The 29-year-old victim was at her post inside the A/C station at 6:25 am when the brute appeared and asked to borrow a pen and paper. But the request was just a ruse. When the clerk turned to get the items, the man handed her a pre-written note and insisted, “Read this.”

“I have a bomb. Give me your money,” the cursive script said.

Undeterred, the transit clerk struggled to close the door on the would-be invader. As she did, he became desperate, pleading with her, “Give me something. Give me your wallet.”

The clerk told him she had nothing to give. The faux-bomber bolted to the street before transit cops could track him down.

Boxing Day bust

A thief hitting the post-holiday sales on Dec. 26 was arrested when he targeted merchandise worth more than $1,000 from a department store at the Atlantic Terminal mall, police said.

Police Officer George Greene of the 88th Precinct nabbed the 43-year-old when he allegedly tried to snag a DVD player and a comforter from the anchor store of the mall, which is at Atlantic and Flatbush avenues.

A 26-year-old employee saw the suspect try to slip the items out of the store without paying, around 1 pm. But Officer Greene stopped the thief.

Knifeman nabbed

Police arrested a 43-year-old man who used a blade to rob a man on DeKalb Avenue on New Year’s Eve.

The 30-year-old victim was walking near Clinton Avenue around 9:45 pm when the knifeman rushed up and grabbed his wallet, with $35 inside. But Police Officer Anthony Barbee chased after the suspect and cuffed him on robbery charges.

Cell swipe

A teenager lost her lifeline when two thugs stole her cellphone on Dec. 30, police said.

The 16-year-old was walking on Atlantic Avenue, near Fifth Avenue, heading toward one of the avenue’s shopping malls around 4:30 pm, when the two thieves walked up. One restrained her as the other punched her, and then grabbed the cell from her waistband. The brutes ran off on Atlantic Avenue with the phone, leaving her destined for Brooklyn Hospital with a swollen lip.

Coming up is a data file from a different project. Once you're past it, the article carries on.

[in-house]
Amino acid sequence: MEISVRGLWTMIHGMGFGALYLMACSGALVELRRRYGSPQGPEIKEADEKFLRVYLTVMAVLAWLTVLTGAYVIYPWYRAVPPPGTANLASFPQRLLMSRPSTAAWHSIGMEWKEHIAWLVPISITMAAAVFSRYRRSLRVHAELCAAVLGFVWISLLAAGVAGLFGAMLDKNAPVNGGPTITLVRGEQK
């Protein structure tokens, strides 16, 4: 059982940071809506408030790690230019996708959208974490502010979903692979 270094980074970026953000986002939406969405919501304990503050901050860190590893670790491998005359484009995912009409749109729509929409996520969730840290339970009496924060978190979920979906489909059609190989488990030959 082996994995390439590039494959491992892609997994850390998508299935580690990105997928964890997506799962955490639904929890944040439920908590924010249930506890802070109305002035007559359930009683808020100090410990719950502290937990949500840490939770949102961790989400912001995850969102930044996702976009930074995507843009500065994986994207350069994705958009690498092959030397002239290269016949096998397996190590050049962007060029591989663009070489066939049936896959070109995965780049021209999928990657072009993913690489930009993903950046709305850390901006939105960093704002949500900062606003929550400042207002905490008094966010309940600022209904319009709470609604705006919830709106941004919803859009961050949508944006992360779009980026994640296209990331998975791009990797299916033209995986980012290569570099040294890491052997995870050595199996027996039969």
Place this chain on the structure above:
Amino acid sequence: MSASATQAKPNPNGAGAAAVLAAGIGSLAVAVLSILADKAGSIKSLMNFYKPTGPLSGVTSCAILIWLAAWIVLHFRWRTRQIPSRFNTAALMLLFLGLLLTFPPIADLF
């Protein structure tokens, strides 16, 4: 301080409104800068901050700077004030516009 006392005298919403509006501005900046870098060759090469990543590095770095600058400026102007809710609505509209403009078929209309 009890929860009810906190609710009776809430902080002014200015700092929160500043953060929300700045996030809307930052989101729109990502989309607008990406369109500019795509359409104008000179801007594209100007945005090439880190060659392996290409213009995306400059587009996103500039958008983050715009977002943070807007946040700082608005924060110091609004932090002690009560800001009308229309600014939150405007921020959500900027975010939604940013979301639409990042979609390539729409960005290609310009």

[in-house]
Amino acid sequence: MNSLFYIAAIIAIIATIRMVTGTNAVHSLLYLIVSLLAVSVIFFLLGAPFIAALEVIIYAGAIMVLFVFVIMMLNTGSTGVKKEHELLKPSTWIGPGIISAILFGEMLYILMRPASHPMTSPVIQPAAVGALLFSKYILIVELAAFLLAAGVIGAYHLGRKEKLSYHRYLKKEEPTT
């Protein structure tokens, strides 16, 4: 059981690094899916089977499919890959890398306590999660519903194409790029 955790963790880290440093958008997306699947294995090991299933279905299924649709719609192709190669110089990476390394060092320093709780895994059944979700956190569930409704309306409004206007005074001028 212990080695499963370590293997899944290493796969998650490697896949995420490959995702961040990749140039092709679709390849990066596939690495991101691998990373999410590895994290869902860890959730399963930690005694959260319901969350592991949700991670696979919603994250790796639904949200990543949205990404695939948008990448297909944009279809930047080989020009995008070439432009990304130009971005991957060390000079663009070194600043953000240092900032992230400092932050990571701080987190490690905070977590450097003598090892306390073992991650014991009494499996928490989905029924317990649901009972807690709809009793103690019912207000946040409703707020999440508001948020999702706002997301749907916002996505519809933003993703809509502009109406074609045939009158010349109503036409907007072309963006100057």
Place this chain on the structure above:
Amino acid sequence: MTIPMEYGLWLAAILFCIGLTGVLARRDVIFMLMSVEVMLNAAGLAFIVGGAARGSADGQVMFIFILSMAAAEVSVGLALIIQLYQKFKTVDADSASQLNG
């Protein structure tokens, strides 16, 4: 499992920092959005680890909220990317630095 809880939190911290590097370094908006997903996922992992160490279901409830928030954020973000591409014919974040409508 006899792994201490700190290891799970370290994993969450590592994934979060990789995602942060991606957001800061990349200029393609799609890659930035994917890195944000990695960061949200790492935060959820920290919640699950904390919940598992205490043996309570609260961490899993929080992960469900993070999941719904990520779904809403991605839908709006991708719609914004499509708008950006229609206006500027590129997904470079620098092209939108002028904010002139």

Car crimes

Thieves in Fort Greene burglarized at least five cars and stole another two vehicles outright during Christmas week, police reports show. The vandalism included:

•On Dec. 26, between 5:10 pm and 7:45 pm, a 1997 Ford was burglarized. The 18-year-old owner, a Staten Island woman, parked the vehicle on Washington Avenue, at Park Avenue, and returned to find the passenger-side window cracked open and her iPod, credit cards, bank card, Social Security card and birth certificate missing.

•Later that day, at 10 pm, a 26-year-old Long Island woman left her 1997 Mazda GTE on Washington Avenue, near Gates Avenue. When she returned two days later, the passenger-side window was broken and a Triton Extreme keyboard, valued at $2,000, was missing.

•In the early morning of Dec. 27, a Jersey City man parked his BMW 525 on Carlton Avenue, near DeKalb Avenue. The 34-year-old man returned at 11:30 am to find someone had swiped both headlights from the 2001 station wagon.

•On Dec. 28, between noon and 5 pm, a vehicle was burglarized on Fleet Place and Willoughby Avenue. The 33-year-old driver parked the car and returned to find the driver’s-side window broken and his wallet gone. The billfold held bank cards, four department store charge cards, and his Social Security card.

•Sometime after 9 pm on Dec. 29, and 8:30 am the following morning, thieves scored jewelry and an iPod from a car parked on Ashland Place, near Willoughby Street.

•On Dec. 29, around 12:30 pm, a woman snatched the keys to a 1988 Plymouth Sundance from the owner as he was about to open the car, which was parked at the corner of Lefferts Place and Classon Avenue. She jumped in and drove off in the sedan.

Updated 4:00 pm, November 10, 2010
Today’s news:
Share on TwitterTweet
Share on Facebook

Don’t miss our updates:

Reasonable discourse

Comments closed.

First name
Last name
Your neighborhood
Email address
Daytime phone

Your letter must be signed and include all of the information requested above. (Only your name and neighborhood are published with the letter.) Letters should be as brief as possible; while they may discuss any topic of interest to our readers, priority will be given to letters that relate to stories covered by The Brooklyn Paper.

Letters will be edited at the sole discretion of the editor, may be published in whole or part in any media, and upon publication become the property of The Brooklyn Paper. The earlier in the week you send your letter, the better.

Keep it local!

Stay in touch with your community. Subscribe to our free newsletter: